One is a matter of law and treaty, that the men of the Bible – form Abraham to Paul – would have recognized.
The other is grounded on re-enactment magic, tying ritual to a chanting priesthood.
The God of the Bible is a Lord of Law and Justice. Not magic and ritual.
Not the traditions of men, but the commandments of God, are to be normative.
The End of the Feast…
Tertullian and Beyond
It seems, however, that by the time that Tertullian was writing in the late second and early third centuries the Eucharist had become separated from the agape feast. In his Apologeticus, dated between c. 198 and 204 a.d.,52 Tertullian makes the following statement about the agape feast:
“Our feast explains itself by its name. The Greeks call it agapè, i.e., affection. Whatever it costs, our outlay in the name of piety is gain, since with the good things of the feast we benefit the needy; not as it is with you, do parasites aspire to the glory of satisfying their licentious propensities, selling themselves for a belly-feast to all disgraceful treatment,—but as it is with God himself, a peculiar respect is shown to the lowly. If the object of our feast be good, in the light of that consider its further regulations. As it is an act of religious service, it permits no vileness or immodesty. The participants, before reclining, taste first of prayer to God. As much is eaten as satisfies the cravings of hunger; as much is drunk as befits the chaste. They say it is enough, as those who remember that even during the night they have to worship God; they talk as those who know that the Lord is one of their auditors. After manual ablution [i.e. washing of hands—SCP], and the bringing in of lights, each is asked to stand forth and sing, as he can, a hymn to God, either one from holy Scripture or one of his own composing,—a proof of the measure of our drinking. As the feast commenced with prayer, so with prayer it is closed. We go from it, not like troops of mischief-doers, nor bands of vagabonds, nor to break out into licentious acts, but to have as much care of our modesty and chastity as if we had been at a school of virtue rather than a banquet.”53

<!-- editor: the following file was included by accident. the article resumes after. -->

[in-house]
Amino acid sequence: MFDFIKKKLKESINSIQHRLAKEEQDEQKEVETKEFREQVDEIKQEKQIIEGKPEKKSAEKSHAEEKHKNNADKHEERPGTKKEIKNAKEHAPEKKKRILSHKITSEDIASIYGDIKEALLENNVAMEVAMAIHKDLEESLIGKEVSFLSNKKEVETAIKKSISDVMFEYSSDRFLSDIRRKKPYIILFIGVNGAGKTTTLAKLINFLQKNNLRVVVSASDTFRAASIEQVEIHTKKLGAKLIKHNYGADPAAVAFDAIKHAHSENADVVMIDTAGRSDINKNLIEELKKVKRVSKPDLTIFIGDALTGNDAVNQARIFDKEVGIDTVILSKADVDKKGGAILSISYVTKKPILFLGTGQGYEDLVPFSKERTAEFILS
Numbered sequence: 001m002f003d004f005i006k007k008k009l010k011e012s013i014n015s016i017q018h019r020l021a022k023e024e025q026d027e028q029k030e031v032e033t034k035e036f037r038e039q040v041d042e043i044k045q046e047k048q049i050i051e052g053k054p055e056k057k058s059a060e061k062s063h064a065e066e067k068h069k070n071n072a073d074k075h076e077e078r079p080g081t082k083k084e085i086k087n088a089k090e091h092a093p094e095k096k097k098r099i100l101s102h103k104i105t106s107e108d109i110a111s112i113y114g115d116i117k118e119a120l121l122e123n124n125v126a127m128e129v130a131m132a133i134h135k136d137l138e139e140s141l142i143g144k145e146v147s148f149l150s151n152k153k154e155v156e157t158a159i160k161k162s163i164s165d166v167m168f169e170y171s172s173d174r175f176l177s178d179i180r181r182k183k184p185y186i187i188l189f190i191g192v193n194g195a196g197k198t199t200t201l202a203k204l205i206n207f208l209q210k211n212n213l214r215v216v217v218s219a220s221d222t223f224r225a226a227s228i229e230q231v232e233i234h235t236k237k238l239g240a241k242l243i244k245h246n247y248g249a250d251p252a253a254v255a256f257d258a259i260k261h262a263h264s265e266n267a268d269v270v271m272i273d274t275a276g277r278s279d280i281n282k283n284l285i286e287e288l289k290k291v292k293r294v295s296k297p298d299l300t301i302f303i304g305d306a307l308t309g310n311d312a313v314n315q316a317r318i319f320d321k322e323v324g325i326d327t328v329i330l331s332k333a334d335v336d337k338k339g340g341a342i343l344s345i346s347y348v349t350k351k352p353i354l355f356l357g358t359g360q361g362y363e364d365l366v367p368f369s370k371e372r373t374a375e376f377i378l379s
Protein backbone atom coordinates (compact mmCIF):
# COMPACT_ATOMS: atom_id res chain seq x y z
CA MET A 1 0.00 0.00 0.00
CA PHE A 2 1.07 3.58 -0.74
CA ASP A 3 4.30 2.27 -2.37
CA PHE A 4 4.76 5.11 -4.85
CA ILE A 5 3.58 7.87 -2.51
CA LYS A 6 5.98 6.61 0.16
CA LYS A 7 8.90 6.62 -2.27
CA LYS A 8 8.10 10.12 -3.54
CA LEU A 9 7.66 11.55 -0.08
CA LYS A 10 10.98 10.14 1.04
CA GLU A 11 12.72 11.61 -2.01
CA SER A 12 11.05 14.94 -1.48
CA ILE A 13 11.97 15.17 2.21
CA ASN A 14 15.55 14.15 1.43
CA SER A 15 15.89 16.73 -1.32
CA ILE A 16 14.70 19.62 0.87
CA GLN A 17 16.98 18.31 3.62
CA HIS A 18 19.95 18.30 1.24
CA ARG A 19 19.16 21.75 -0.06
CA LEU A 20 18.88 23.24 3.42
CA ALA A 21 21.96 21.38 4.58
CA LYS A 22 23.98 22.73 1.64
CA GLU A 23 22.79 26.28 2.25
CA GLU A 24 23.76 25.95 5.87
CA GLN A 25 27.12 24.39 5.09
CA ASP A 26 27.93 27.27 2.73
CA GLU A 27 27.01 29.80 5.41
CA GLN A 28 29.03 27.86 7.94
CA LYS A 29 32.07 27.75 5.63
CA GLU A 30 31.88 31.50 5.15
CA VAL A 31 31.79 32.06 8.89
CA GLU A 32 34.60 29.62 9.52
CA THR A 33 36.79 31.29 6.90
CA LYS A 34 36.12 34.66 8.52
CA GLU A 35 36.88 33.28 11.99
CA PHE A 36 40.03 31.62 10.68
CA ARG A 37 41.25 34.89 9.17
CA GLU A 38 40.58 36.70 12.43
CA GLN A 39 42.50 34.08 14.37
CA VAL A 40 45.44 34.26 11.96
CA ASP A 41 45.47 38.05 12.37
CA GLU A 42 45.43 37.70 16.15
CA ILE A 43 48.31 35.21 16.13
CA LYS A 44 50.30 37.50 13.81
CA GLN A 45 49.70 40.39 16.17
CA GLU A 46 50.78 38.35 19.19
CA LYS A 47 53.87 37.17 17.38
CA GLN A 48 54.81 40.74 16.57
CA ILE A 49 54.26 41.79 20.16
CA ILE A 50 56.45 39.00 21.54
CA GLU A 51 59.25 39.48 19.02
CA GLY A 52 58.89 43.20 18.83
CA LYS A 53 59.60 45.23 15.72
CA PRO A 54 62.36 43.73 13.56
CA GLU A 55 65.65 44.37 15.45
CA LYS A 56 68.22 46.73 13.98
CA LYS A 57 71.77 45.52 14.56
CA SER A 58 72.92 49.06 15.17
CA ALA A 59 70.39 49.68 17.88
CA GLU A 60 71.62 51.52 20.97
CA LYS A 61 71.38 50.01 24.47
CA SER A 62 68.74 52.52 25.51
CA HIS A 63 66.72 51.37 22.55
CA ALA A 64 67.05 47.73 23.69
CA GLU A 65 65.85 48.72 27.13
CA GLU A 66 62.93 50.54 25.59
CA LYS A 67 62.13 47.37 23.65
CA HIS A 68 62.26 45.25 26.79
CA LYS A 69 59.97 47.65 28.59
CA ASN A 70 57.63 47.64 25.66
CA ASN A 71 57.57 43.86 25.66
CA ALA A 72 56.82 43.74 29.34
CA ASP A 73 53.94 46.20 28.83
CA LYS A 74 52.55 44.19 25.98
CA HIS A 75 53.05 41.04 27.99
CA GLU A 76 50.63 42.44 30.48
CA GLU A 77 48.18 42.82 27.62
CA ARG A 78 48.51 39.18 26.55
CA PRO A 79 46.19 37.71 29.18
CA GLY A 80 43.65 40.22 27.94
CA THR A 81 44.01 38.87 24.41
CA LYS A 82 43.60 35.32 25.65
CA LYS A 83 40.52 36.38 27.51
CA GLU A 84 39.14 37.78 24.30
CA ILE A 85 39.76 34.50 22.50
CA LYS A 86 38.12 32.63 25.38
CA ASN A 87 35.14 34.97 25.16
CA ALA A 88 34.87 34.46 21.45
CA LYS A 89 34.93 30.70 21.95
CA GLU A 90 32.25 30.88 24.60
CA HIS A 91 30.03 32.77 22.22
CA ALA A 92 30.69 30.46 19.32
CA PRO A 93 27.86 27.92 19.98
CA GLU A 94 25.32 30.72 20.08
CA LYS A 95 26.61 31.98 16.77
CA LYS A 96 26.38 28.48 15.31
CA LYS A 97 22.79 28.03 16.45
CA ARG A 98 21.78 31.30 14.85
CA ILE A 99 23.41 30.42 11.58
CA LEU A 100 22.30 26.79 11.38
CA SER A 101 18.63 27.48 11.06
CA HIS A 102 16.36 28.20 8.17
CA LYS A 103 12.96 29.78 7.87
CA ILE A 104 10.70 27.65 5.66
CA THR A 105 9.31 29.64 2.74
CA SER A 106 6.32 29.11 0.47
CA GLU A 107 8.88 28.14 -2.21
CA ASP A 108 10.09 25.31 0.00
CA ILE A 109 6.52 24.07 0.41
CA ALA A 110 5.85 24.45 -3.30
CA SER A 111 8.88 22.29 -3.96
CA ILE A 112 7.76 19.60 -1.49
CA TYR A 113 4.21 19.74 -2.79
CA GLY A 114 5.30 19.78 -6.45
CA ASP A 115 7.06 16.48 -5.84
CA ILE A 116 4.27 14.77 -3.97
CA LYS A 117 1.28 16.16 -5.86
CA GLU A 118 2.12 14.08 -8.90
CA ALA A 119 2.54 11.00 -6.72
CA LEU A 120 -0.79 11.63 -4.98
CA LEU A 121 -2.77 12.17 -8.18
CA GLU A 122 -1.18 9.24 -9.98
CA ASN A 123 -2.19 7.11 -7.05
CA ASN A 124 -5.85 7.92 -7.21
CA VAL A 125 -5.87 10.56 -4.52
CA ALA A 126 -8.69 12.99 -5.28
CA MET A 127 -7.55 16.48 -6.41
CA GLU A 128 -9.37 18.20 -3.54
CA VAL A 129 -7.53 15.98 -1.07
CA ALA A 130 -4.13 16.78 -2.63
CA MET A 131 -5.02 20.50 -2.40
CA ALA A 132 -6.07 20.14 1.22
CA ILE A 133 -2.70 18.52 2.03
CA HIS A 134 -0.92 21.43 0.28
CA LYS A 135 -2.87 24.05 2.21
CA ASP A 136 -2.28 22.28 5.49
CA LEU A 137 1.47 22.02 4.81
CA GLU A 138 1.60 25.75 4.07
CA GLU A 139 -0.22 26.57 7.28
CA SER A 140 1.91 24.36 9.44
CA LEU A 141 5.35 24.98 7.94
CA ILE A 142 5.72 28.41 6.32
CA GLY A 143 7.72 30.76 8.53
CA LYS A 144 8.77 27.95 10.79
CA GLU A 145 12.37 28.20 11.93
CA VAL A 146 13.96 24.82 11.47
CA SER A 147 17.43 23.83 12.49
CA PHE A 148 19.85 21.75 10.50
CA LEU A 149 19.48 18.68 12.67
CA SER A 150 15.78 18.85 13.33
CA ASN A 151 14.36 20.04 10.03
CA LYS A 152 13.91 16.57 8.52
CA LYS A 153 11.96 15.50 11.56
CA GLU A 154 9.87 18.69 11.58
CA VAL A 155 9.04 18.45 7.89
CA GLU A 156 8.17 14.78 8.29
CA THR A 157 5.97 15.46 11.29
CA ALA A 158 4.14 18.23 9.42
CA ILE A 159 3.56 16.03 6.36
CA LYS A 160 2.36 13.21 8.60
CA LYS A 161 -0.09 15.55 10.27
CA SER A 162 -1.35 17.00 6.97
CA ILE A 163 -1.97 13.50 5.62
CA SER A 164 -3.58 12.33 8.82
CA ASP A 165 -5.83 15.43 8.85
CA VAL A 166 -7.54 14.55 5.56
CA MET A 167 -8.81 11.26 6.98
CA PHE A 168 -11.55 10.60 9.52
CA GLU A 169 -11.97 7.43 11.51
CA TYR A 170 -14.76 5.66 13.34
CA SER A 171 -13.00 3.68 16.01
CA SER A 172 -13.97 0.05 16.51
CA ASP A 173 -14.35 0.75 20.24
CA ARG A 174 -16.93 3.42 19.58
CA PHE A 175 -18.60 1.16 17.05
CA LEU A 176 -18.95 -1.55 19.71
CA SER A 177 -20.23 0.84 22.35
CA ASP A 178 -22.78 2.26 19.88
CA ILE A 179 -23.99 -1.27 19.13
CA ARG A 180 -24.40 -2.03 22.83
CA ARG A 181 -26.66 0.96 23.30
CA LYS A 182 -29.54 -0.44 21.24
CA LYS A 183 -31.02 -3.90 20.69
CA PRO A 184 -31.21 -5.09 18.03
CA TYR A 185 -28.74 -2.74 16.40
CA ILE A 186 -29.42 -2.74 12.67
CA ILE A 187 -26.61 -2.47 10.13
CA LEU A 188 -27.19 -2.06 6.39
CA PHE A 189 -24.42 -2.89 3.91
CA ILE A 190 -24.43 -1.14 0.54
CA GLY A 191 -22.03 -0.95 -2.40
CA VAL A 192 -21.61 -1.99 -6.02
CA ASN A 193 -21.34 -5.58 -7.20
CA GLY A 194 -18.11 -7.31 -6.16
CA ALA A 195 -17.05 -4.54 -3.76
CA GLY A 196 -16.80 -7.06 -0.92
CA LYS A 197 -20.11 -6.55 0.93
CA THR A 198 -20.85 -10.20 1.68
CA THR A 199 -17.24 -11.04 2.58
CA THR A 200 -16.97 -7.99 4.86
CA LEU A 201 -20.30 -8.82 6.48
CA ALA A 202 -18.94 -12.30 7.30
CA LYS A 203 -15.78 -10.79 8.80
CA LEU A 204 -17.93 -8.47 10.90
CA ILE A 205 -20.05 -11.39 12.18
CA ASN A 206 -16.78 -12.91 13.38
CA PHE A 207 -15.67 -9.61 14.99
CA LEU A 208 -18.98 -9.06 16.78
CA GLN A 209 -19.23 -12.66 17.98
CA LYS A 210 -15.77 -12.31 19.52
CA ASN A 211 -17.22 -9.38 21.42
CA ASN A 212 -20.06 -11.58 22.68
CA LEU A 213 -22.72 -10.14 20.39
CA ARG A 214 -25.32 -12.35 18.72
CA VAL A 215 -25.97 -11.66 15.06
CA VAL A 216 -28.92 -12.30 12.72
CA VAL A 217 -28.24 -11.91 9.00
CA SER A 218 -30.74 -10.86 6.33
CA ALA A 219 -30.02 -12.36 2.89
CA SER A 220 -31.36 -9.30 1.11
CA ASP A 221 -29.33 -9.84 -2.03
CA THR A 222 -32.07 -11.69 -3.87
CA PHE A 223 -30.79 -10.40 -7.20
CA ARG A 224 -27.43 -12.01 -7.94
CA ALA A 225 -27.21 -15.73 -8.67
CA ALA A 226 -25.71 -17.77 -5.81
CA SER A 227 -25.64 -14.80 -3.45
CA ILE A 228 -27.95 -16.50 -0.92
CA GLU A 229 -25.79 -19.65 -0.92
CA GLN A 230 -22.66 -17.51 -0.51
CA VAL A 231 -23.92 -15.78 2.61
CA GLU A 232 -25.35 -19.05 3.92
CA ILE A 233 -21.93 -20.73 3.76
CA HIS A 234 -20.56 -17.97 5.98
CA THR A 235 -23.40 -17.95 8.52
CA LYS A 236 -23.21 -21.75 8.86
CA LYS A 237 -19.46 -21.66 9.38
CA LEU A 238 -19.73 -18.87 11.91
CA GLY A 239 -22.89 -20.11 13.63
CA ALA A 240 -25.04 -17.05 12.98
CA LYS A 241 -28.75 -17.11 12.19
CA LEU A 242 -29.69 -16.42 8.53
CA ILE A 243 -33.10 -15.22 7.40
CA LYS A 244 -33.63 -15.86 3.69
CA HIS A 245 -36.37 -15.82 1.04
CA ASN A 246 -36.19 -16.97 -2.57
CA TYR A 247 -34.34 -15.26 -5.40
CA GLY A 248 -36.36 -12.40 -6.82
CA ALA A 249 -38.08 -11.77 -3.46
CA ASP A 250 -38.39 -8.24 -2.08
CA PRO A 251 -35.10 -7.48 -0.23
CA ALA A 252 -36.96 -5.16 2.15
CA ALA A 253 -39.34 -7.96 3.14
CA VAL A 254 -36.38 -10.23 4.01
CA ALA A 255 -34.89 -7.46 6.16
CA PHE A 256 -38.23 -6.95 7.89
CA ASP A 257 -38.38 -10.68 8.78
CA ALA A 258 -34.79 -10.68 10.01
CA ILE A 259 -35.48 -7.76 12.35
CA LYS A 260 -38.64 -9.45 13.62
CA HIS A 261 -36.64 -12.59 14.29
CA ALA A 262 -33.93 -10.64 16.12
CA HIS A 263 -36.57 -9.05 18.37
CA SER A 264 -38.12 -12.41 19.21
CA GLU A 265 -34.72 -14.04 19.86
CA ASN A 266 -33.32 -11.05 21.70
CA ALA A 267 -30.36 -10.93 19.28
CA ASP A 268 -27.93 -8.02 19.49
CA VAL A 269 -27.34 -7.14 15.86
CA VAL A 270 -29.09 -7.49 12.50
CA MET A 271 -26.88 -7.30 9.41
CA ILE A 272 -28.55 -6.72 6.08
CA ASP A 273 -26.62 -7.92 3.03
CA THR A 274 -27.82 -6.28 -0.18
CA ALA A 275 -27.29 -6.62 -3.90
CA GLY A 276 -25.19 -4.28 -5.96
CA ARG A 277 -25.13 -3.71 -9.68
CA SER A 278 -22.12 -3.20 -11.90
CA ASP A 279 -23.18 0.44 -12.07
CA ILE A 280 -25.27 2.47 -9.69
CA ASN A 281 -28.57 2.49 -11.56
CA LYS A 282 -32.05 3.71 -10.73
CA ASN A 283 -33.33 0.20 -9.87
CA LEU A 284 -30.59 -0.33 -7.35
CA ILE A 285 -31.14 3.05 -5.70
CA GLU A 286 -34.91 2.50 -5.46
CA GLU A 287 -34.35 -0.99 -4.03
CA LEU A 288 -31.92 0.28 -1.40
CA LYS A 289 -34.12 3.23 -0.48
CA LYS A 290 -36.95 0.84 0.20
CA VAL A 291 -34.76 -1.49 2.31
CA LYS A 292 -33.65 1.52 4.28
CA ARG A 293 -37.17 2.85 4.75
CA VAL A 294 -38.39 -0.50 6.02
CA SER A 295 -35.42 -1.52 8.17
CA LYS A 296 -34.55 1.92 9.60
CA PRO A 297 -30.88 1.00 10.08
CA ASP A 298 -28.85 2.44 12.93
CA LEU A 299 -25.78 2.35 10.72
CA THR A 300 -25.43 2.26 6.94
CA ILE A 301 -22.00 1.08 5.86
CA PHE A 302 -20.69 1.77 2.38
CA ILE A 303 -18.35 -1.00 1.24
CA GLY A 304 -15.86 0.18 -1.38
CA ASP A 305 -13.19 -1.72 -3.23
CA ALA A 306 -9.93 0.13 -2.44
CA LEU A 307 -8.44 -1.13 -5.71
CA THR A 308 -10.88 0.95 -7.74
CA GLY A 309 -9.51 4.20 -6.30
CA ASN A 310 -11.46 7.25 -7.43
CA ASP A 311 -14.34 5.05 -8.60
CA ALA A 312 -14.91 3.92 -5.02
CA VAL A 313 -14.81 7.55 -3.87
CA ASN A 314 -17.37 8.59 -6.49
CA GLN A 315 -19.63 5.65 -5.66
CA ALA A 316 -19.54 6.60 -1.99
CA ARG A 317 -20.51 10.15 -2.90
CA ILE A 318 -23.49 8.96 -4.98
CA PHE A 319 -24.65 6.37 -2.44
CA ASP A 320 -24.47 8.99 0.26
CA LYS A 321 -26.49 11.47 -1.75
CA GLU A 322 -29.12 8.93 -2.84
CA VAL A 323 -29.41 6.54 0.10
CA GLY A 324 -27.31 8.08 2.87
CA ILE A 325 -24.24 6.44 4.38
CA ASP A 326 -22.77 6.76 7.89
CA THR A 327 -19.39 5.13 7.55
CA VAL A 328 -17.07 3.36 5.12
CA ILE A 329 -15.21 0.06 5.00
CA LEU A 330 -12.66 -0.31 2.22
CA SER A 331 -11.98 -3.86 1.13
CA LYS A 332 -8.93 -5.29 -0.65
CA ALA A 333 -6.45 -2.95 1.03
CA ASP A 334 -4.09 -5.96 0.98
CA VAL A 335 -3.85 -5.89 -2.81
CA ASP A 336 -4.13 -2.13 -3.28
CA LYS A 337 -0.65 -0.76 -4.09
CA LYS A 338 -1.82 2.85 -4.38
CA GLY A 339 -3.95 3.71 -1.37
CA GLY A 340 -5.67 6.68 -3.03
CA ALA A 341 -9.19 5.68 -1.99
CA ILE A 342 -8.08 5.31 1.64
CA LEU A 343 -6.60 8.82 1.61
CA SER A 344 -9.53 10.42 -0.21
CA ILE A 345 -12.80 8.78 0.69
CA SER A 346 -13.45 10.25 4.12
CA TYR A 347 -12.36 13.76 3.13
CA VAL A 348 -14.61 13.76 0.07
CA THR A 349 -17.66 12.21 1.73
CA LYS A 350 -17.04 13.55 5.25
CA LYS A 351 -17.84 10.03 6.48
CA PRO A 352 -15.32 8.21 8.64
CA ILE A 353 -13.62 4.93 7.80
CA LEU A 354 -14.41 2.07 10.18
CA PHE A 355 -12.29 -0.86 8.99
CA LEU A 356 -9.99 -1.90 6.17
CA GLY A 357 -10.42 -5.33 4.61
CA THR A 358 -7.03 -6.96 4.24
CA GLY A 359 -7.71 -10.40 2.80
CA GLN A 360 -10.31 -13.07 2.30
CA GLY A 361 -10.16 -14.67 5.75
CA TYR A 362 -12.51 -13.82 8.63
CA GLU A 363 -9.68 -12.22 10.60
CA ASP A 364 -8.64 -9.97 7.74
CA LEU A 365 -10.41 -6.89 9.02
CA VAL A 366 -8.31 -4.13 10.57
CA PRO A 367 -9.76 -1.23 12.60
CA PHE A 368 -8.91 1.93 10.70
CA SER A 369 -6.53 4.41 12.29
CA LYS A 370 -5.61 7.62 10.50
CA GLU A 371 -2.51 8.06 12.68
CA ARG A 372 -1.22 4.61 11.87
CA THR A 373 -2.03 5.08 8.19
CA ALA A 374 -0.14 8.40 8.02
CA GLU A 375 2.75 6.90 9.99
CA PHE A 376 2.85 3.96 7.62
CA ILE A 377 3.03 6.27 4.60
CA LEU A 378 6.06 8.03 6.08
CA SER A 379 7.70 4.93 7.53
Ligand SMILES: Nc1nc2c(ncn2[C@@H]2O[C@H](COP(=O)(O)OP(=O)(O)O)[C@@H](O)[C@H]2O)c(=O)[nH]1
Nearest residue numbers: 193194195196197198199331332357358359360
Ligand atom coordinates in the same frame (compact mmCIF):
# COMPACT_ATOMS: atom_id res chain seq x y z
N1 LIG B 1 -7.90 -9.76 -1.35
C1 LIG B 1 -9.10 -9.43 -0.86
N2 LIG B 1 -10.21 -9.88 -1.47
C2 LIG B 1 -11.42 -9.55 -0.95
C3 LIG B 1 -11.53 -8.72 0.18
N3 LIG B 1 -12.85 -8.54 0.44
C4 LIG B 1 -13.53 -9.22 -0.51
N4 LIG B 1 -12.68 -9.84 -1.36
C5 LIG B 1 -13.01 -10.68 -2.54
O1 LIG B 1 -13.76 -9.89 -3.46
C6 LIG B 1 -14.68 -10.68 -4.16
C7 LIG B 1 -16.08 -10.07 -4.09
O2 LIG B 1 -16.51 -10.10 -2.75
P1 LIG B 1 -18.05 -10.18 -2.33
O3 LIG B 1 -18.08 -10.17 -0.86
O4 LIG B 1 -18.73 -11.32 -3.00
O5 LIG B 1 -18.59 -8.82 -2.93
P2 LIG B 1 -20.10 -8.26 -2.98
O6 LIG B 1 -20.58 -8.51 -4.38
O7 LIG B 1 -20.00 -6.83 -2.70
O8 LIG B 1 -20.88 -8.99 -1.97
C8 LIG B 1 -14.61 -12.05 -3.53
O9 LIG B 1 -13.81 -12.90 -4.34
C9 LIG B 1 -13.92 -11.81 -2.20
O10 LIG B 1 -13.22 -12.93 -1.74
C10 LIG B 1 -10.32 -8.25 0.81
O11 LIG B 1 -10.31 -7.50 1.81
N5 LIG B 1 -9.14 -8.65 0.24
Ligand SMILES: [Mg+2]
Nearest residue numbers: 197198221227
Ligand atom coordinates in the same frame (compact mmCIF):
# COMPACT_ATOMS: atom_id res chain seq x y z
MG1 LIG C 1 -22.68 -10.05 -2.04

It is clear from the references here to worshiping God in the night and the bringing in of lights that the agape feast ran into the evening. However, in his treatise De Corona (or The Chaplet ), dated c. 204 a.d.,54 Tertullian makes the following statement: “We take also, in congregations before daybreak, and from the hand of none but the presidents, the sacrament of the Eucharist, which the Lord both commanded to be eaten at meal-times, and enjoined to be taken by all alike.”55 It appears from a comparison of these two passages that the Eucharist had in Tertullian’s time been separated from the agape feast and was celebrated in the morning before dawn while the latter continued to be celebrated in the evening.